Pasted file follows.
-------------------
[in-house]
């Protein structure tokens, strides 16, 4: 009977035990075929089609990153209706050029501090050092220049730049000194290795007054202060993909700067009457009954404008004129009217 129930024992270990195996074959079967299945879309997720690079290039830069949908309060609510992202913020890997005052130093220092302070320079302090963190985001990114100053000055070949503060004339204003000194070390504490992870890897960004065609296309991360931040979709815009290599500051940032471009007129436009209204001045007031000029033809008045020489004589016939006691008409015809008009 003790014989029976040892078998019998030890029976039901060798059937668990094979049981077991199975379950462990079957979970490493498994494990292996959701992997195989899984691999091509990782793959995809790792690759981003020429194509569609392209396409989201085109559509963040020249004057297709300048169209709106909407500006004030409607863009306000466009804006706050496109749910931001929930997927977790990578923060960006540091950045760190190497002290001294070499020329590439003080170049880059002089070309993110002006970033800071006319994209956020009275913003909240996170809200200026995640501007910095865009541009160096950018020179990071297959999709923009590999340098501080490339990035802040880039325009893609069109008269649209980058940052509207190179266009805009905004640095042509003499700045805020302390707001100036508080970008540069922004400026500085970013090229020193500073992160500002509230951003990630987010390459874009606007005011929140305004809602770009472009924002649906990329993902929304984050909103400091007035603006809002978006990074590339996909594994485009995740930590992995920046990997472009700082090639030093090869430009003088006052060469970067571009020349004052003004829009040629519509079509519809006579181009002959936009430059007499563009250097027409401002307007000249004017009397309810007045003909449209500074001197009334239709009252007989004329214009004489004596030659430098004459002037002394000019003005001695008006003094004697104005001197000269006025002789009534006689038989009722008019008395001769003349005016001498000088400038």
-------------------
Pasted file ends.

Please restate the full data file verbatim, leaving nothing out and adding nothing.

[in-house]
């Protein structure tokens, strides 16, 4: 009977035990075929089609990153209706050029501090050092220049730049000194290795007054202060993909700067009457009954404008004129009217 129930024992270990195996074959079967299945879309997720690079290039830069949908309060609510992202913020890997005052130093220092302070320079302090963190985001990114100053000055070949503060004339204003000194070390504490992870890897960004065609296309991360931040979709815009290599500051940032471009007129436009209204001045007031000029033809008045020489004589016939006691008409015809008009 003790014989029976040892078998019998030890029976039901060798059937668990094979049981077991199975379950462990079957979970490493498994494990292996959701992997195989899984691999091509990782793959995809790792690759981003020429194509569609392209396409989201085109559509963040020249004057297709300048169209709106909407500006004030409607863009306000466009804006706050496109749910931001929930997927977790990578923060960006540091950045760190190497002290001294070499020329590439003080170049880059002089070309993110002006970033800071006319994209956020009275913003909240996170809200200026995640501007910095865009541009160096950018020179990071297959999709923009590999340098501080490339990035802040880039325009893609069109008269649209980058940052509207190179266009805009905004640095042509003499700045805020302390707001100036508080970008540069922004400026500085970013090229020193500073992160500002509230951003990630987010390459874009606007005011929140305004809602770009472009924002649906990329993902929304984050909103400091007035603006809002978006990074590339996909594994485009995740930590992995920046990997472009700082090639030093090869430009003088006052060469970067571009020349004052003004829009040629519509079509519809006579181009002959936009430059007499563009250097027409401002307007000249004017009397309810007045003909449209500074001197009334239709009252007989004329214009004489004596030659430098004459002037002394000019003005001695008006003094004697104005001197000269006025002789009534006689038989009722008019008395001769003349005016001498000088400038």